And not to mention, there actually are certain kinds of stories that women will be more apt at covering, simply because of the nature of the story. For example, the NYT's Lynsey Addario was able to report on Afghan women who had set themselves on fire in part because women trusted her more, and felt more comfortable opening up to a woman.

    And another thing--those women-only groups that rankle you so much have been set up precisely because of the dismissive and willfully ignorant attitude you present here. Those groups were formed, as Karen said, to strengthen social bonds, to network, and to talk about common experiences. Men do this all the time as well, but they're not seen as exclusive. They're just seen as the norm.

    Yes, ultimately the photographs, the work, is what ultimately counts. But to act as though the other factors that come into play while making the work are unimportant strikes me as disingenuous, at best.

  5. I understand your concern that you don't want the industry segregated because of gender, but I don't think you can say that photo editors are "gender-blind" or that photography is sexless. It is 100% not. I think there are a lot of things that affect my gender when I'm working. For example, when I photograph children, it is an easy thing to do because I am a woman — no mother or father assumes I am a pervert taking pictures of their kids. On the other hand, when I'm on the sidelines of a football or soccer game, I feel very much the "odd man out," being a woman in the world of sports photography.

    Just because you do not notice sexism does not mean it does not exist. Women, including myself, deal with sexism almost daily in the newsroom, whether it's in reference to assignments or just their bodies. Just yesterday, I had a fellow male photographer look at my 1D Mark IV and tell me it wasn't "a girl's camera." Says who?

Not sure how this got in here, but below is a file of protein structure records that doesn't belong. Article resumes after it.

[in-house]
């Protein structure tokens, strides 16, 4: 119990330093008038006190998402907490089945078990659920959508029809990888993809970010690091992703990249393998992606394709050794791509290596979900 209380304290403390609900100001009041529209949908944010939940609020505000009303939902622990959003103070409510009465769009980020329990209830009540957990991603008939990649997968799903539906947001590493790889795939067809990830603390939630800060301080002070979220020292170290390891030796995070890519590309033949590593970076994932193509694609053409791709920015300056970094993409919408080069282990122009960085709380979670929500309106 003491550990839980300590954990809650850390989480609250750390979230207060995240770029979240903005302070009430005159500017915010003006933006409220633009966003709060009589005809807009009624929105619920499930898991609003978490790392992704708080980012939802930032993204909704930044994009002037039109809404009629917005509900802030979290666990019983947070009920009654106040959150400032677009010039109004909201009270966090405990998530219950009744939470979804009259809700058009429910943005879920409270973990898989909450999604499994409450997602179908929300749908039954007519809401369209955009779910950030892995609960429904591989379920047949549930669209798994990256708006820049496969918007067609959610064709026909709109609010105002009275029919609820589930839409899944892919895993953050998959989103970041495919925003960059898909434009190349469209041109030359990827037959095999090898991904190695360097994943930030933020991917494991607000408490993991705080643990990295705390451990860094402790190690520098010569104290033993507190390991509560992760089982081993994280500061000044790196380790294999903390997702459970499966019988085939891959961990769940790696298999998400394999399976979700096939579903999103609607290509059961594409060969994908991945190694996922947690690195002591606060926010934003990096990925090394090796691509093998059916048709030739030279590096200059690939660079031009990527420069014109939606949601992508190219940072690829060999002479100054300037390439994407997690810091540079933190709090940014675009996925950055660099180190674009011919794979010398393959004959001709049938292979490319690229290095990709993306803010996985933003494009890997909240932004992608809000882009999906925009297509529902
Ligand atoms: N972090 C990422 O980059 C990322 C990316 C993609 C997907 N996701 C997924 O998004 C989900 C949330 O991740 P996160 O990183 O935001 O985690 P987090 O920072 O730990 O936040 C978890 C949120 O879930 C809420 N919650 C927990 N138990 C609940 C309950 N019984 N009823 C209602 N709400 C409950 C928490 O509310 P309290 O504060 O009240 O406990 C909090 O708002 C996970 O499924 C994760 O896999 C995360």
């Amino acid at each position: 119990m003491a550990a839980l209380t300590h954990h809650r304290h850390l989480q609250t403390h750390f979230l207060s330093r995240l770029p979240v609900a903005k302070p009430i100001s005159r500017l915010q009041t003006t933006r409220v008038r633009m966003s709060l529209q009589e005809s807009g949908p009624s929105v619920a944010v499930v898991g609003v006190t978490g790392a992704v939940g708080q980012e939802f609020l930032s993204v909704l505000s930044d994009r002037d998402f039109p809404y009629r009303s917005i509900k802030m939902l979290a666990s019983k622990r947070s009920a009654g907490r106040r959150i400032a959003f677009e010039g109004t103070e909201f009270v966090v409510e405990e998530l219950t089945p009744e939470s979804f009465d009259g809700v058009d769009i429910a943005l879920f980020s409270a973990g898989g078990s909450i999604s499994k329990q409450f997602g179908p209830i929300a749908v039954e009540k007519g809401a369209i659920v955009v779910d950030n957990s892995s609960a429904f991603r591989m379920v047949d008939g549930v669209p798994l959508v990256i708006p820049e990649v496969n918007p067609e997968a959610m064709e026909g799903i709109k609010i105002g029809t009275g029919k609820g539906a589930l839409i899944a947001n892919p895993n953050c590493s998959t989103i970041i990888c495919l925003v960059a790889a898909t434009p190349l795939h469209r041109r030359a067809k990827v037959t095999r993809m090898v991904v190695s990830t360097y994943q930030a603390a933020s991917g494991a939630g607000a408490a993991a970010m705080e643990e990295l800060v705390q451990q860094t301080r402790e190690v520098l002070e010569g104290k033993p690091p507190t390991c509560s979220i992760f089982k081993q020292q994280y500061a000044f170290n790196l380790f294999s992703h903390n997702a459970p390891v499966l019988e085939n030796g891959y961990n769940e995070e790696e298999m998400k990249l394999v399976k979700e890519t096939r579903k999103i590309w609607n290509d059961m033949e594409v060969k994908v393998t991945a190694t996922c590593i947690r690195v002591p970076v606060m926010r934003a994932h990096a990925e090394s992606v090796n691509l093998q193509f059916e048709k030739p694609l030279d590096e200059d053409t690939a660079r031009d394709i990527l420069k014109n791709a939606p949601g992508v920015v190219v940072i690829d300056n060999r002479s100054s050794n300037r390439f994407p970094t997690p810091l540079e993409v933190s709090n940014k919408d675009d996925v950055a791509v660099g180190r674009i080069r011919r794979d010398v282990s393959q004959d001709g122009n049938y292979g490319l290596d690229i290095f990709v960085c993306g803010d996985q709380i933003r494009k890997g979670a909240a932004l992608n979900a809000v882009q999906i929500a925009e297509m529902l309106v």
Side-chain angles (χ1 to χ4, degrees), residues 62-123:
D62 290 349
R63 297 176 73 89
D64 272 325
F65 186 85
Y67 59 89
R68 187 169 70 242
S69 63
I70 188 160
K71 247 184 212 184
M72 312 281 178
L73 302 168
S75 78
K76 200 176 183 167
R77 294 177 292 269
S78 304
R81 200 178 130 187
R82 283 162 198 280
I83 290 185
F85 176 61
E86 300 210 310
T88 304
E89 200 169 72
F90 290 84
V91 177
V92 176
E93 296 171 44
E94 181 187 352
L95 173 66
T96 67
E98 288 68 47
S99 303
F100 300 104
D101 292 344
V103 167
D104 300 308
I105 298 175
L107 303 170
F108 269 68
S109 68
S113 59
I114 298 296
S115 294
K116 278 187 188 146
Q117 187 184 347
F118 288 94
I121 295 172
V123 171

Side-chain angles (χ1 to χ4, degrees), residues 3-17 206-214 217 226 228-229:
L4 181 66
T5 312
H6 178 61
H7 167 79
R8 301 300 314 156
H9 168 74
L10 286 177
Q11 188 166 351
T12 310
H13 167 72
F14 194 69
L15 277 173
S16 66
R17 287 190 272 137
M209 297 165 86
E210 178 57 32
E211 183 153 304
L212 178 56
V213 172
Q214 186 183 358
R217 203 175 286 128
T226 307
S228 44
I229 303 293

Yes, I agree that we shouldn't segregate this industry more, but in this age where stories are coming out of Egypt and Libya about sexual assaults on the job and sexism exists daily for female journalists, women collectives and photo agencies do seem to serve a purpose.

  6. Gender has so much to do with the craft of photojournalism. In delicate situations, some subjects simply feel more comfortable around women photographers. Every photographer approaches stories in different ways, and many times we seek out people who are comfortable with us. In countries where mixing of the sexes is forbidden, it is incredibly important to tell both sides. It is as important as the concept of race and diversifying newsrooms to more accurately reflect our communities here in the states.

    As the previous commenter said, as women, we are paid less for the same work. We endure lots of unnecessary comments. We are vastly outnumbered. We have to work harder to be taken seriously.

    This is not a trend in political correctness. It is an appropriate distinction. We are not segregating ourselves, but celebrating our strengths. In an age where anyone who picks up a camera calls themselves a photographer, specialization is necessary to build a successful brand and identity.

    Since when is photography sexless, anyway?

  7. It's a difficult one this ... One only has to attend an news event being covered by a large number of photographers to see the ratio of male to female (a ratio that is changing), at the moment it is still largely male. This leads to 2 things (IMO).

    First I think the common image of a PJ is male (in the eye of the viewer) and there is probably an assumption here that the image they are looking at is taken by a male (the number of peeps that actually realise that many of the photos that came out of the death camps were taken by woman is very small).